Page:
Wayhomer Review #99: Tinker Tailor Soldier Spy (2011)

Gary Oldman and John Hurt in Tinker Tailor Soldier Spy (2011)

Episode #99 for Tinker Tailor Soldier Spy (2011), in which our protagonist talks about the chameleon we call Gary Oldman, how pacing is more important to anticipate than Anglophilia, and how a good shot of Kathy Burke is ultimately good for the soul.

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Special thanks to PhantomV48 for the closing animation.

Previous episode here.

By | 2017-09-24T22:34:00+00:00 January 3rd, 2012|Reviews, Video Podcasts, Wayhomers|8 Comments

8 Comments

  1. Dan North January 4, 2012 at 4:05 pm

    The Smiley series is a trilogy. This is the first. Smiley’s People is next and there’s another one after that.

  2. Widge January 4, 2012 at 9:56 pm

    Weird. I thought Schoolboy came next in the trilogy dealing with Karla. But whatever works.

  3. Milton January 6, 2012 at 4:19 pm

    Tinker,Tailor, Soldier, Spy
    Honourable Schoolboy
    Smiley’s people

  4. Milton January 6, 2012 at 4:19 pm

    in that order

  5. Noelle January 29, 2012 at 3:31 pm

    Big Gary Oldman fan, too, what a great film. I was bummed that the movie was in my city for only a few weeks! I couldn’t believe it; I’d planned to see it again. Also sad it didn’t get nominated for best picture, but considering how slow and confusing it was, I’m not surprised. Also, like you said: now everything can basically be nominated.

  6. Widge January 29, 2012 at 4:23 pm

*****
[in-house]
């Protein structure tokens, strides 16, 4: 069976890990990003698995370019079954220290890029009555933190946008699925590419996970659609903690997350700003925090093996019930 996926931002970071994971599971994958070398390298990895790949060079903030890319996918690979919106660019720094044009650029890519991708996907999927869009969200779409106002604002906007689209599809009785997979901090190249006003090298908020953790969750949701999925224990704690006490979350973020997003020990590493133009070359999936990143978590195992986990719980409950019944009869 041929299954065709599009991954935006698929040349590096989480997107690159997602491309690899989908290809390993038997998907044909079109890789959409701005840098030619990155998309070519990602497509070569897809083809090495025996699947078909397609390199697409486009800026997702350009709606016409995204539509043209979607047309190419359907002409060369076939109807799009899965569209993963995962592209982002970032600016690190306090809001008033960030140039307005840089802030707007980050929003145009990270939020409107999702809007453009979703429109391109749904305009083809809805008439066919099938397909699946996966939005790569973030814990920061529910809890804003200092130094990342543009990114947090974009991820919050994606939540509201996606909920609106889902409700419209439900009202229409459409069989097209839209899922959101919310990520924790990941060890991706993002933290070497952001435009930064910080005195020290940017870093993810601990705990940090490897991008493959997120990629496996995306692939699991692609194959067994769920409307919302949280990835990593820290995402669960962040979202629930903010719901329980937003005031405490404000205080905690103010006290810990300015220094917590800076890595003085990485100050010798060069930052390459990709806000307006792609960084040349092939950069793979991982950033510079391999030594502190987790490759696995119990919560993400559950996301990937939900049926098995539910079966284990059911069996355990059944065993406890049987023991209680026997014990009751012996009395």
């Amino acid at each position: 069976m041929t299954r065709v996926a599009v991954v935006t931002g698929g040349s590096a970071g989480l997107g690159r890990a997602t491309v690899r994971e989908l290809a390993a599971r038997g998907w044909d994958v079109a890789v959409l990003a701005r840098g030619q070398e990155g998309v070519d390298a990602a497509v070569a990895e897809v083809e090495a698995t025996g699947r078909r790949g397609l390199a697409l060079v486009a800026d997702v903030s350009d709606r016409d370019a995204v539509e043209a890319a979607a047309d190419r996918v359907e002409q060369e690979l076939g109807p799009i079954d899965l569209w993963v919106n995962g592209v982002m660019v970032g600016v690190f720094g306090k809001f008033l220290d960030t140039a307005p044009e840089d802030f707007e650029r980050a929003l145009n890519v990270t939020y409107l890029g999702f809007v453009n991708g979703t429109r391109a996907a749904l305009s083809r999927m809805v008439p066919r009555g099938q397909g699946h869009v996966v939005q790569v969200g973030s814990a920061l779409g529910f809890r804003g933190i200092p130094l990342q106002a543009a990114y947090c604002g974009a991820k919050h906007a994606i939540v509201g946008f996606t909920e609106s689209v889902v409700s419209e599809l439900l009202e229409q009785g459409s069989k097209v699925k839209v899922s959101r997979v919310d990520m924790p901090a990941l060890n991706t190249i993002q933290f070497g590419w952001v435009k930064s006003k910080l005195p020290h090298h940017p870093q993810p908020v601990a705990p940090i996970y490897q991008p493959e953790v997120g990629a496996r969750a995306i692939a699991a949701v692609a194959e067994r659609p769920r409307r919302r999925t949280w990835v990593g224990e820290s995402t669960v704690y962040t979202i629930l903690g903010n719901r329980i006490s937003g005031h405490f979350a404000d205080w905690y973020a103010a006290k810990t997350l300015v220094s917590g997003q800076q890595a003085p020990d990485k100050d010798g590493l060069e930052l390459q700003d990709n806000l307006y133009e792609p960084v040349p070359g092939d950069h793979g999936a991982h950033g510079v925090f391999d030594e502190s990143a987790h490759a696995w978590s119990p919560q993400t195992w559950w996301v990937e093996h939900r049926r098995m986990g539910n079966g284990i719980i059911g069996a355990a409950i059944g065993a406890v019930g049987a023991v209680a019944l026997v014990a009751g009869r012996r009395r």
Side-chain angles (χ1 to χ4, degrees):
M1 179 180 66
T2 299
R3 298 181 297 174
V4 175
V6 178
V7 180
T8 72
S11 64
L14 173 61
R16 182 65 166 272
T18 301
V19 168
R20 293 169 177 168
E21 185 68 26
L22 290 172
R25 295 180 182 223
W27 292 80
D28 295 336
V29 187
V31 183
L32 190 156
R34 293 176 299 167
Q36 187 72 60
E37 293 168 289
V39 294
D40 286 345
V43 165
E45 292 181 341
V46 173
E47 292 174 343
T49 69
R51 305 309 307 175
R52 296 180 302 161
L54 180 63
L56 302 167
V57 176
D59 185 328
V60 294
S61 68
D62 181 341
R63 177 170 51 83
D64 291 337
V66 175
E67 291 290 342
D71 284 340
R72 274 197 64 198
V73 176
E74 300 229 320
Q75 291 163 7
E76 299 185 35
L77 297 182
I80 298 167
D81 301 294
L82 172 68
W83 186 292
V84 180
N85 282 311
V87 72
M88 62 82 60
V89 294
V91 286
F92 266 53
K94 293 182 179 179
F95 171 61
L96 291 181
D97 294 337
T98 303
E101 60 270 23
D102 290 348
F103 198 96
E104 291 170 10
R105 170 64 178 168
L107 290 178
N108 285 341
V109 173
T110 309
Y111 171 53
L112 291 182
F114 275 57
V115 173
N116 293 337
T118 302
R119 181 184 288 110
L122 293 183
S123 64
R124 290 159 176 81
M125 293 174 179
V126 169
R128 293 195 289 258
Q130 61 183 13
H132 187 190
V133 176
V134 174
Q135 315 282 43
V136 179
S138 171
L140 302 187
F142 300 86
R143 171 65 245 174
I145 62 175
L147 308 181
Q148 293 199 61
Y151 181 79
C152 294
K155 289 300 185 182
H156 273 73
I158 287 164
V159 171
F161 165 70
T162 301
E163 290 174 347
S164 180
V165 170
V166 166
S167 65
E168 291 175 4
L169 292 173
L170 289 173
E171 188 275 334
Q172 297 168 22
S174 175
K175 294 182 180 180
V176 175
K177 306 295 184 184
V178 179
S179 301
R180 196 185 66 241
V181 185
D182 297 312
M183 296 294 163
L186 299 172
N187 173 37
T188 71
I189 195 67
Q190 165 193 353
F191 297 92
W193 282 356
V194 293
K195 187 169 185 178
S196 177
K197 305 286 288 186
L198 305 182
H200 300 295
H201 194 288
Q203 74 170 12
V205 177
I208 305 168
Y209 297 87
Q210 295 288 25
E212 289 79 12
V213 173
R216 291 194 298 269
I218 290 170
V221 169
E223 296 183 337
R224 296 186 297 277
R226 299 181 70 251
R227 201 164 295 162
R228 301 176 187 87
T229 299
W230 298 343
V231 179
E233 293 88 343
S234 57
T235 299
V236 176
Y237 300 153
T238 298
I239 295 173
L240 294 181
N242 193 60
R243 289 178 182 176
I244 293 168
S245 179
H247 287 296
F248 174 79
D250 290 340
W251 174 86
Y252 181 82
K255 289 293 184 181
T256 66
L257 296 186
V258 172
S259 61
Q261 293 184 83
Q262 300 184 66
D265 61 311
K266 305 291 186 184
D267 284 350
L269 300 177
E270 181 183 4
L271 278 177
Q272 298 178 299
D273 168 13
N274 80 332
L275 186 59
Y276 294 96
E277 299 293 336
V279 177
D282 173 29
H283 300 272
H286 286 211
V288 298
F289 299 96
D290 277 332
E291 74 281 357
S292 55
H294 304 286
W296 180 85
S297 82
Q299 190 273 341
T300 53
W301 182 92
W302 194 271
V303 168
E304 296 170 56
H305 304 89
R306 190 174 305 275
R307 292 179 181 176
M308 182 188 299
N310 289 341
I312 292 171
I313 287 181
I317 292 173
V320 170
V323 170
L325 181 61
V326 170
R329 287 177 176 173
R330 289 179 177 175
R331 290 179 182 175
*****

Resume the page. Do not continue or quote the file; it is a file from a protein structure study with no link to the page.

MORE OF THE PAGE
Noelle: Yes, the bit which I don’t understand yet is why only nine nominees. I mean, I’ve read the explanation and I still don’t understand it. Thanks for the comment. Glad you caught the film.

  7. Montag February 6, 2012 at 1:22 pm

    Excellent ensemble, great direction. Didn’t find the movie slow, however I found it a bit cluttered from a story standpoint. As I live in Budapest it was nice to see some well respected Hungarian actors, and familiar locations included in the set-up (and some fairly intelligible Hungarian spoken by the characters Jim and Esterhase). I’ll be revisiting this, although Three Days of the Condor still tops my spy movie list.

  8. Widge February 6, 2012 at 9:10 pm

    I’m always fascinated to know when bits of foreign language are accurate in films and books and when they aren’t. I remember Stephen King stating that he had used something in his Bachman book Thinner that was random words (I forget the language), never knowing that at some point he would blow up big and his books would make it worldwide…and he would then get angry letters about it.

    There must be a website somewhere dedicated to such. Thanks for the comment, Montag.

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